I am  discouraged and surprised at the same time.

Discouraged because almost 85% of coaches in our niche do not make a living wage.

Surprised because I hear so much about the “needs” of expats and I hear so much complaining on the part of those expats — yet it appears not many expats are interested in working with a coach to resolve those complaints. What gives?

Your thoughts?

BY THE WAY, COACHES!  There is still time to sign up for the licensing and certification webinar for the Culture Mastery 4C’s Process™ — culture-emotion intelligence methodology that you can use to help your clients work successfully across culture.  For more info and to sign up, go here.

Introducing Brazil

Brazil is one of the countries that’s profiled in the Global Coach Center Academy within the course “Living and Working in Brazil” In this post we interview one of the course’s co-trainers, Ana Elena Austrilino Paz, on some of the most interesting tidbits on Brazil.

Ana Elena Austrilino Paz in her own words: “I’m a word citizen! I was born in Brazil, where I spent the most part of my life, then I lived in US, where I discovered my interest about cultural studies. Now I live in France, where I have the opportunity to interact and travel around many different countries and cultures. I have a Psychology and Business degree from Brazilian universities, and a Hospitality Management degree from Rosen College (US), and a Master degree from Université de Lille 3 – France. I’m glad to work for and with expat people helping them to manage cultural differences and to improve their cultural abilities.”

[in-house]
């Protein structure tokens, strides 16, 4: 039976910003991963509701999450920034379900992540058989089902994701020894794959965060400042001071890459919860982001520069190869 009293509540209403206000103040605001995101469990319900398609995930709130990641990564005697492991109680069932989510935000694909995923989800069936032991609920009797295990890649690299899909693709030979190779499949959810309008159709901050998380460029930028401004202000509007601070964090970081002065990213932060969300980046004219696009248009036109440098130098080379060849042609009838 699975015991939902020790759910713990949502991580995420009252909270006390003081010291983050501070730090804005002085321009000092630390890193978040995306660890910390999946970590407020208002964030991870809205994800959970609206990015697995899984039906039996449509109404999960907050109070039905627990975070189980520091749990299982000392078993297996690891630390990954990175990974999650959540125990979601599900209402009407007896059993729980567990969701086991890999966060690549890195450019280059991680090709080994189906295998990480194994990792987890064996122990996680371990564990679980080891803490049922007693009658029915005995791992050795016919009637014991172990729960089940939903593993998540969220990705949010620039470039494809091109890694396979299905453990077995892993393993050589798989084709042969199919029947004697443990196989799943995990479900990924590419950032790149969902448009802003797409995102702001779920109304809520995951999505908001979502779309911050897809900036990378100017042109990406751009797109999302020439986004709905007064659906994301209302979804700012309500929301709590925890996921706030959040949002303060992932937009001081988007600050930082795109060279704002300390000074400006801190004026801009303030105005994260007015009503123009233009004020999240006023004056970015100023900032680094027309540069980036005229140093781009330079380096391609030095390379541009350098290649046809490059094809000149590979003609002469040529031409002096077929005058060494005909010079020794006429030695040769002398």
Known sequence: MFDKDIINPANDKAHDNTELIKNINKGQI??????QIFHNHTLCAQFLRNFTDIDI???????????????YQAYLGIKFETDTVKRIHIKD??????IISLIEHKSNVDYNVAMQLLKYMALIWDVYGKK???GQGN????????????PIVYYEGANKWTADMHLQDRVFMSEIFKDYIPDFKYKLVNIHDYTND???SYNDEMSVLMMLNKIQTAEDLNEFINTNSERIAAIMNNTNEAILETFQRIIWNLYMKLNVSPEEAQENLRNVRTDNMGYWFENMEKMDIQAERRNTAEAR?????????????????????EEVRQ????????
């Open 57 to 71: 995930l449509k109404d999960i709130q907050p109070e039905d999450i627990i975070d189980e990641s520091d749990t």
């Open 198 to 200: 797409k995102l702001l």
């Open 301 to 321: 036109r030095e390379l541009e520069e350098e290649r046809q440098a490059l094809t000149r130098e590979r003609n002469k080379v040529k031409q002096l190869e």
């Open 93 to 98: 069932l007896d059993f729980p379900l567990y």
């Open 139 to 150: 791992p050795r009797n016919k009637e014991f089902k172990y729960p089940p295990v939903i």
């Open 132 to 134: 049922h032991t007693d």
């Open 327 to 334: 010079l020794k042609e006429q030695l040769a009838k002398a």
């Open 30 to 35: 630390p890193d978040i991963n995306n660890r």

Global Coach Center Blog (GCC Blog): What would be 1 to 3 tips you would give to someone who is moving to Brazil?
Ana Elena: The first tip that I can say is: prepare yourself to enjoy that opportunity. Brazil has such a different and mixed culture. Learn Portuguese and learn about the Brazilian region that you are about to go is something very important.
GCC Blog: What was the funniest cultural misunderstanding you’ve experienced in Brazil?
Ana Elena: Foreign people use have problems to pronounce the word “pão” and   “pau”.  We always laughing a lot when they come to the bakery and ask for a “pau” instead to ask for a “pão”, because “pau” it’s a slang for the male genitals.
GCC Blog: What’s the most popular proverb and why?
Ana Elena: As Brazil has different popular proverbs according to the region, the one used all around is “Viangança é um prato que se come frio” (Vengeance it’s a kind of dish that we should eat cold).
GCC Blog: What do you love about Brazil?
Ana Elena: The thing that I love more and that I know that is also very appreciated by the foreign people who come there is the happiness.  We can point it in small thinks like, even if we have a lot of problems, we try to see the positive point, or we party/celebrate everything.
GCC Blog: What do you dislike about Brazil?
Ana Elena: Unfortunately Brazil is a country with a lot of corruption, for the government, but also for some citizen.
The full course on “Living and Working in Brazil”, co-authored by Ana Elena is available 24/7 at the online Expatriate and Cross-Cultural Academy for self- or assisted study.  Download it here.